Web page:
1. ConvertKit, Free or Paid – A popular email marketing software that’s built for bloggers and great with email automations. It’s on the higher side of costs, but it’s also worth the price if you have a larger subscriber list. If you’re just starting out, you may want to try one of the other options like MailerLite or MailChimp that have better Free plans. For those who do want to try it, ConvertiKit just started a free plan and if you sign up through the referral link above, you’ll unlock the ability to send emails to 100 subscribers for free to start with. Otherwise you’ll need to refer someone else first, before you can send to 100 subscribers.
  2. Fiverr, Free to Sign Up, Freelancer Fees Vary – Various Services – Logos, website designers, developers, copywriters, video editors, photographers, social media marketers for Instagram / Youtube / Facebook, and many other freelancers are available on Fiverr. There are freelancers available for all budget sizes. I’ve used Fiverr freelancers for all sorts of gigs. I have a few favorite freelancers that I use on a regular basis. You’ll definitely want to go through all the work and if they don’t have enough samples on the website, ask them to share samples and/or their portfolios, so you can review their work. Make sure you vet them. With Fiverr acting as an escrow, it gives me peace of mind that I can be refunded if the freelancer does not do the work.
  3. ProtonMail, Personal Email ($5/month) – Secure Email based in Switzerland. This has become my main personal email, because of the end-to-end encryption they provide. They do have a Free Plan with 500MB, which isn’t much nowadays due to attachment sizes. With a need for more email storage, I purchased their Plus Plan for 5GB (although they recently gifted 5GB to early subscribers, so I have 10GB now). I purchased during the Black Friday sale, which was a good deal and if you can wait for that, you should. One great reason for paying is their ProtonMail Bridge app that allows for end-to-end encryption while using Apple Mail and other third-party email clients that support IMAP and SMTP. The Bridge is only available for the desktop. For my iPhone, I need to use their iOS app to continue having the encryption.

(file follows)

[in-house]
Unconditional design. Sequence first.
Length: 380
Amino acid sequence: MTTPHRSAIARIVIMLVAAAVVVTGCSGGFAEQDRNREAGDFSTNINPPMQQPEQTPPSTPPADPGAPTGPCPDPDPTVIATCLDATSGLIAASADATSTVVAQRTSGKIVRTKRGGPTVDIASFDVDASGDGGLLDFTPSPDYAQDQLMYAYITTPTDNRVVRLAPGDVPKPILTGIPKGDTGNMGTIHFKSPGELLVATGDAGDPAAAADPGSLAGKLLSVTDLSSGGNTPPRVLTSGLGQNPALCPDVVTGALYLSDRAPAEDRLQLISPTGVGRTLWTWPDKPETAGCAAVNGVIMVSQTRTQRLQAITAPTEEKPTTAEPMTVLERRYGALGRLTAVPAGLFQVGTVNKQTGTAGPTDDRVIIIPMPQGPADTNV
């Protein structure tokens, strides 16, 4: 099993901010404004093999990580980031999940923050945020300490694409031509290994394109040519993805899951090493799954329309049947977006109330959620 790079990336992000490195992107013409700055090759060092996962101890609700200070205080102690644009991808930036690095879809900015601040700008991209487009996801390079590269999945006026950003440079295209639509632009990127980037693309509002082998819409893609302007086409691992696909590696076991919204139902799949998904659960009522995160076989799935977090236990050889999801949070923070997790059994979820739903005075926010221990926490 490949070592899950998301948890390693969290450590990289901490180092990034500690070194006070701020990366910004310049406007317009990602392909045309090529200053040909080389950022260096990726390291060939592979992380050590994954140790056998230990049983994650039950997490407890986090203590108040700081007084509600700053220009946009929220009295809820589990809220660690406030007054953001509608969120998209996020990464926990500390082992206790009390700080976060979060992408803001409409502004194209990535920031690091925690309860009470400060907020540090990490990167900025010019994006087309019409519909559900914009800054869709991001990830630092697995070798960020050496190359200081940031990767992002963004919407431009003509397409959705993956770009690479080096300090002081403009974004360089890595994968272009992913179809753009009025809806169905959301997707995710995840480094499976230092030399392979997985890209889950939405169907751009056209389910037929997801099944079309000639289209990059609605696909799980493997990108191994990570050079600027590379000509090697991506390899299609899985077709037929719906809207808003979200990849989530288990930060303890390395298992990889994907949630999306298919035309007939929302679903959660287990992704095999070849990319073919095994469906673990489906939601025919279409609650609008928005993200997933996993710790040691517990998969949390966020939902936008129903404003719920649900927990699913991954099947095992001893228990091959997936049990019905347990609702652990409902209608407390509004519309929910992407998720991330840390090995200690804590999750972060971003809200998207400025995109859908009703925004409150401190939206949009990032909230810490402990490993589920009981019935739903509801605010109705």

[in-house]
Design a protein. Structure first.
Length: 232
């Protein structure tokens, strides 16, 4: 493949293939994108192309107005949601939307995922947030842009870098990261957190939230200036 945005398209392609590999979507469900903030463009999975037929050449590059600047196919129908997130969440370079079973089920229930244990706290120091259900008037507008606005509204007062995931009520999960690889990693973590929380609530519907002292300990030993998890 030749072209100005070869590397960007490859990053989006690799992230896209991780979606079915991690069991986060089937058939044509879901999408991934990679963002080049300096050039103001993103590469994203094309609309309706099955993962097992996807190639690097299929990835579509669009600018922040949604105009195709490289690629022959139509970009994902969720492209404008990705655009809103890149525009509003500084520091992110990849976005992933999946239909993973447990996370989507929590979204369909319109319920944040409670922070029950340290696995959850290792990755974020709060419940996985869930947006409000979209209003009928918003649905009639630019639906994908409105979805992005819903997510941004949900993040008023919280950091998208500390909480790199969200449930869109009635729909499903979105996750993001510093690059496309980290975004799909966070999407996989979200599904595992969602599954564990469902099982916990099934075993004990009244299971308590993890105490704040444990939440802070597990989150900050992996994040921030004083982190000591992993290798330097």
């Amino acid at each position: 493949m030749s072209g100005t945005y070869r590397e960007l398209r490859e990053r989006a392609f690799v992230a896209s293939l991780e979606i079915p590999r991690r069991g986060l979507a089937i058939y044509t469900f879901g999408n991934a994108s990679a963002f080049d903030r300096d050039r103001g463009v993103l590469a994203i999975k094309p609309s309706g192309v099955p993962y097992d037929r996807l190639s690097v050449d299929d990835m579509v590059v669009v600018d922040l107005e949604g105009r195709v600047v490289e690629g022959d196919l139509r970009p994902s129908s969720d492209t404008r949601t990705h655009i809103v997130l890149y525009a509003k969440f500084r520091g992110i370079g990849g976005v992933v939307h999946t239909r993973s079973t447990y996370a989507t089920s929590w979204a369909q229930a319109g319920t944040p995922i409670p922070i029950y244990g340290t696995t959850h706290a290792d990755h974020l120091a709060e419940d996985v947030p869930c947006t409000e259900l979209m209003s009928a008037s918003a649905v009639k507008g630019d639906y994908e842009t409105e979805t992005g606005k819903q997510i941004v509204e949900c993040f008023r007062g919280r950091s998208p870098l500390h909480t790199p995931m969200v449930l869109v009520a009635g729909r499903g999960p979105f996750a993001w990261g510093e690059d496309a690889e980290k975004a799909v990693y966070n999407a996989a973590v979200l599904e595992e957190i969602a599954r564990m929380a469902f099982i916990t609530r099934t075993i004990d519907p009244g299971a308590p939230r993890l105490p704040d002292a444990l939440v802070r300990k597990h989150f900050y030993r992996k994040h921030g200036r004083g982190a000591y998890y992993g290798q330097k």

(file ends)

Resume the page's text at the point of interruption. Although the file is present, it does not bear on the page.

4. G Suite, Business Emails/Docs/Storage ($6/month per user – Extra 20% Off 1st year with affiliate link) – This is what I use for my business endeavors. G Suite’s Basic plan gives me emails, calendars, 30GB cloud storage, Video/Text chats, Docs and more for my custom domains. I have various domains and G Suite allows me to add up to 20 domain aliases and up to 30 email aliases. The only issue with G Suite is working in China due to the Great Firewall, but that’s where the VPN comes in. This is par for China and why I highlighted the importance of a VPN first.
  5. Lastpass, Password Manager (FREE and Paid Plans) – This is probably the most time-saving piece of software for me. I don’t have to remember account usernames and passwords. The biggest advantage is SECURITY. I’m able to save complex and unique passwords for each site. I’m also able to confirm I’m on the correct site and not on a fake phishing site that’s looking to steal my information. How do I know I’m on the right site? If Lastpass recognizes the site and wants to autofill my username and password, then I’m on the right site.
  6. Asana, Tasks / Project Management (FREE) – Asana is a great project management site that I also use for managing my Personal Life ‘workspace’ and using it for To-Do Lists. Asana is organized as Workspaces and each workspace has multiple projects. For me to produce my life, I created a workspace specifically for all the ‘projects’ in my life as they all have different tasks. There are many other To-Do List / Task Management apps out there and I’ve tried many over the years, but I still come back to Asana. With project management, you write out a list of tasks (to-do’s) and you check them off. Nothing different from a Personal to-do list, so why bother with two separate apps? The Free Basic plan is great, but if you need more features, it starts at $10.99/month per user. There’s also an alternative, Monday.com, that’s also great and others may prefer the design, but it’s more expensive starting at $39/month for 5 users. I prefer Asana’s design, because I’m able to see more on screen due to its compact design.